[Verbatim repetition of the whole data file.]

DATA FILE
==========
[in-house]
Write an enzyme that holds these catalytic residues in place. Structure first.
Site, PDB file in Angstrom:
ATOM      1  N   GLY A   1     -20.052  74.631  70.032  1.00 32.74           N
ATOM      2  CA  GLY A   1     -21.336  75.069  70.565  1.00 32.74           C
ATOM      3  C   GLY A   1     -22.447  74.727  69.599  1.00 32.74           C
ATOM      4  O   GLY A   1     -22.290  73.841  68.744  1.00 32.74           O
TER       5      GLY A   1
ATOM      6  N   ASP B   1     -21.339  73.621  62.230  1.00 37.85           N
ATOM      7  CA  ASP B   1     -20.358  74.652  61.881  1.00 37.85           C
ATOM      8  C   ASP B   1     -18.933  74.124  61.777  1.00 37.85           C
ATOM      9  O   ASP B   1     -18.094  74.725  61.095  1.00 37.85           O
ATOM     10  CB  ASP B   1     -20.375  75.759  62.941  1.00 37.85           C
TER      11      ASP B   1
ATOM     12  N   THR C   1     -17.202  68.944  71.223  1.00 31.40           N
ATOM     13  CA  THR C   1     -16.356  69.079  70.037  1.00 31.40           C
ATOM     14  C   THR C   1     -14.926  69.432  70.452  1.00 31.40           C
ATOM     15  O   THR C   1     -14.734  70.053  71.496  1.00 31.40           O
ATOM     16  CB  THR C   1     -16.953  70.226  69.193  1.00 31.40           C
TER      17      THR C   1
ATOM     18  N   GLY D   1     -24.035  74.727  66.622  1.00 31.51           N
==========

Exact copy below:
[in-house]
Write an enzyme that holds these catalytic residues in place. Structure first.
Site, PDB file in Angstrom:
ATOM      1  N   GLY A   1     -20.052  74.631  70.032  1.00 32.74           N
ATOM      2  CA  GLY A   1     -21.336  75.069  70.565  1.00 32.74           C
ATOM      3  C   GLY A   1     -22.447  74.727  69.599  1.00 32.74           C
ATOM      4  O   GLY A   1     -22.290  73.841  68.744  1.00 32.74           O
TER       5      GLY A   1
ATOM      6  N   ASP B   1     -21.339  73.621  62.230  1.00 37.85           N
ATOM      7  CA  ASP B   1     -20.358  74.652  61.881  1.00 37.85           C
ATOM      8  C   ASP B   1     -18.933  74.124  61.777  1.00 37.85           C
ATOM      9  O   ASP B   1     -18.094  74.725  61.095  1.00 37.85           O
ATOM     10  CB  ASP B   1     -20.375  75.759  62.941  1.00 37.85           C
TER      11      ASP B   1
ATOM     12  N   THR C   1     -17.202  68.944  71.223  1.00 31.40           N
ATOM     13  CA  THR C   1     -16.356  69.079  70.037  1.00 31.40           C
ATOM     14  C   THR C   1     -14.926  69.432  70.452  1.00 31.40           C
ATOM     15  O   THR C   1     -14.734  70.053  71.496  1.00 31.40           O
ATOM     16  CB  THR C   1     -16.953  70.226  69.193  1.00 31.40           C
TER      17      THR C   1
ATOM     18  N   GLY D   1     -24.035  74.727  66.622  1.00 31.51           N